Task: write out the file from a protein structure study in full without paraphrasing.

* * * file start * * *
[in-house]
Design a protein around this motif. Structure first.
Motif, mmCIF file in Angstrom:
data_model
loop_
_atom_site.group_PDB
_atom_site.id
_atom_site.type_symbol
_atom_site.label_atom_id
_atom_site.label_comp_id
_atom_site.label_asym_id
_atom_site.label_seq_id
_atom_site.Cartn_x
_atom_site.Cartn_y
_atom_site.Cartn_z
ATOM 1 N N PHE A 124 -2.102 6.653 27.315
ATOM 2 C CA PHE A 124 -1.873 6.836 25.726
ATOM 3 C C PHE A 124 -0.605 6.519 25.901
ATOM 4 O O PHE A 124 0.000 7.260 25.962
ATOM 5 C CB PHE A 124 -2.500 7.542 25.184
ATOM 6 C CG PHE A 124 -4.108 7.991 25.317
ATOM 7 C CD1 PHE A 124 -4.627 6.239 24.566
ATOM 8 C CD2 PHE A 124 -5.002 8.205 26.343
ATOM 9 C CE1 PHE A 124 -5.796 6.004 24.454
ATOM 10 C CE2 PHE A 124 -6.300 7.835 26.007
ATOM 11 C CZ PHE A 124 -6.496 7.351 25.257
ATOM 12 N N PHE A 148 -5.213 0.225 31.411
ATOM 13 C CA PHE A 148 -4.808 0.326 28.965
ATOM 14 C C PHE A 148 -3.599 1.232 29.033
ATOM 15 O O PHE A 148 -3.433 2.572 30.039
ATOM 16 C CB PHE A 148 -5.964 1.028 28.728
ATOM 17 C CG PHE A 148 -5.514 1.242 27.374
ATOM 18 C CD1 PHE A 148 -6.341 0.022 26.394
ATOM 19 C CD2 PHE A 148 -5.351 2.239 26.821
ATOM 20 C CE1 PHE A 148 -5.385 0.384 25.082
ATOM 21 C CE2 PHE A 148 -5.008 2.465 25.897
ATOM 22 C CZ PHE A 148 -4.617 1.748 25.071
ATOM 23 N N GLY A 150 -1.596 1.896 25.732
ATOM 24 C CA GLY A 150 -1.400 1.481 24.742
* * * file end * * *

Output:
[in-house]
Design a protein around this motif. Structure first.
Motif, mmCIF file in Angstrom:
data_model
loop_
_atom_site.group_PDB
_atom_site.id
_atom_site.type_symbol
_atom_site.label_atom_id
_atom_site.label_comp_id
_atom_site.label_asym_id
_atom_site.label_seq_id
_atom_site.Cartn_x
_atom_site.Cartn_y
_atom_site.Cartn_z
ATOM 1 N N PHE A 124 -2.102 6.653 27.315
ATOM 2 C CA PHE A 124 -1.873 6.836 25.726
ATOM 3 C C PHE A 124 -0.605 6.519 25.901
ATOM 4 O O PHE A 124 0.000 7.260 25.962
ATOM 5 C CB PHE A 124 -2.500 7.542 25.184
ATOM 6 C CG PHE A 124 -4.108 7.991 25.317
ATOM 7 C CD1 PHE A 124 -4.627 6.239 24.566
ATOM 8 C CD2 PHE A 124 -5.002 8.205 26.343
ATOM 9 C CE1 PHE A 124 -5.796 6.004 24.454
ATOM 10 C CE2 PHE A 124 -6.300 7.835 26.007
ATOM 11 C CZ PHE A 124 -6.496 7.351 25.257
ATOM 12 N N PHE A 148 -5.213 0.225 31.411
ATOM 13 C CA PHE A 148 -4.808 0.326 28.965
ATOM 14 C C PHE A 148 -3.599 1.232 29.033
ATOM 15 O O PHE A 148 -3.433 2.572 30.039
ATOM 16 C CB PHE A 148 -5.964 1.028 28.728
ATOM 17 C CG PHE A 148 -5.514 1.242 27.374
ATOM 18 C CD1 PHE A 148 -6.341 0.022 26.394
ATOM 19 C CD2 PHE A 148 -5.351 2.239 26.821
ATOM 20 C CE1 PHE A 148 -5.385 0.384 25.082
ATOM 21 C CE2 PHE A 148 -5.008 2.465 25.897
ATOM 22 C CZ PHE A 148 -4.617 1.748 25.071
ATOM 23 N N GLY A 150 -1.596 1.896 25.732
ATOM 24 C CA GLY A 150 -1.400 1.481 24.742